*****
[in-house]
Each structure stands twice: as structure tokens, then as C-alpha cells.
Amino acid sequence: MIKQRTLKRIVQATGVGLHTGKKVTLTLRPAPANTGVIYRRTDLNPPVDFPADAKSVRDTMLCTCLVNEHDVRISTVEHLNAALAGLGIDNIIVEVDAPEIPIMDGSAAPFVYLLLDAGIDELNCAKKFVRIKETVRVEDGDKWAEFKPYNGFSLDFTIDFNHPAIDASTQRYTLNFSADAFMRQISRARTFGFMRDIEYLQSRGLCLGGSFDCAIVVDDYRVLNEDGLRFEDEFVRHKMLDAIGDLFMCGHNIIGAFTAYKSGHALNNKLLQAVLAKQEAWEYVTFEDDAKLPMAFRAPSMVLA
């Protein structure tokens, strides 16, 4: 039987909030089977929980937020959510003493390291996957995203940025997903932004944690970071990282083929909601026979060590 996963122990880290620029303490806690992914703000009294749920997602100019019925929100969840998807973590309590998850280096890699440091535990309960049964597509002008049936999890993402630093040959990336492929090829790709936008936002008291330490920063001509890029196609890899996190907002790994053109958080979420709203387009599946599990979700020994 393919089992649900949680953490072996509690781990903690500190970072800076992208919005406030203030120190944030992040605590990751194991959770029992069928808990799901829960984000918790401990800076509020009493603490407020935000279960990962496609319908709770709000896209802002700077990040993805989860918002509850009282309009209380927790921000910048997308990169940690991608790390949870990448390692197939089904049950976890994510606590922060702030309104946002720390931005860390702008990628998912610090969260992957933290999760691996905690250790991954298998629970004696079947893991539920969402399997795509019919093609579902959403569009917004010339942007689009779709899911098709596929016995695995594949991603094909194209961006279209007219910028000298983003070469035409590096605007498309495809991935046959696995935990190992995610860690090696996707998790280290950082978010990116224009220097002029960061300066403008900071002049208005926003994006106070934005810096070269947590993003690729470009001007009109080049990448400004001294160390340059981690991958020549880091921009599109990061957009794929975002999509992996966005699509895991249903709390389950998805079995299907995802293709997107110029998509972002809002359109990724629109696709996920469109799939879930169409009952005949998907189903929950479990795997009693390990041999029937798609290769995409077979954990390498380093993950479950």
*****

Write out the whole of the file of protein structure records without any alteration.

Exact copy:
[in-house]
Each structure stands twice: as structure tokens, then as C-alpha cells.
Amino acid sequence: MIKQRTLKRIVQATGVGLHTGKKVTLTLRPAPANTGVIYRRTDLNPPVDFPADAKSVRDTMLCTCLVNEHDVRISTVEHLNAALAGLGIDNIIVEVDAPEIPIMDGSAAPFVYLLLDAGIDELNCAKKFVRIKETVRVEDGDKWAEFKPYNGFSLDFTIDFNHPAIDASTQRYTLNFSADAFMRQISRARTFGFMRDIEYLQSRGLCLGGSFDCAIVVDDYRVLNEDGLRFEDEFVRHKMLDAIGDLFMCGHNIIGAFTAYKSGHALNNKLLQAVLAKQEAWEYVTFEDDAKLPMAFRAPSMVLA
């Protein structure tokens, strides 16, 4: 039987909030089977929980937020959510003493390291996957995203940025997903932004944690970071990282083929909601026979060590 996963122990880290620029303490806690992914703000009294749920997602100019019925929100969840998807973590309590998850280096890699440091535990309960049964597509002008049936999890993402630093040959990336492929090829790709936008936002008291330490920063001509890029196609890899996190907002790994053109958080979420709203387009599946599990979700020994 393919089992649900949680953490072996509690781990903690500190970072800076992208919005406030203030120190944030992040605590990751194991959770029992069928808990799901829960984000918790401990800076509020009493603490407020935000279960990962496609319908709770709000896209802002700077990040993805989860918002509850009282309009209380927790921000910048997308990169940690991608790390949870990448390692197939089904049950976890994510606590922060702030309104946002720390931005860390702008990628998912610090969260992957933290999760691996905690250790991954298998629970004696079947893991539920969402399997795509019919093609579902959403569009917004010339942007689009779709899911098709596929016995695995594949991603094909194209961006279209007219910028000298983003070469035409590096605007498309495809991935046959696995935990190992995610860690090696996707998790280290950082978010990116224009220097002029960061300066403008900071002049208005926003994006106070934005810096070269947590993003690729470009001007009109080049990448400004001294160390340059981690991958020549880091921009599109990061957009794929975002999509992996966005699509895991249903709390389950998805079995299907995802293709997107110029998509972002809002359109990724629109696709996920469109799939879930169409009952005949998907189903929950479990795997009693390990041999029937798609290769995409077979954990390498380093993950479950």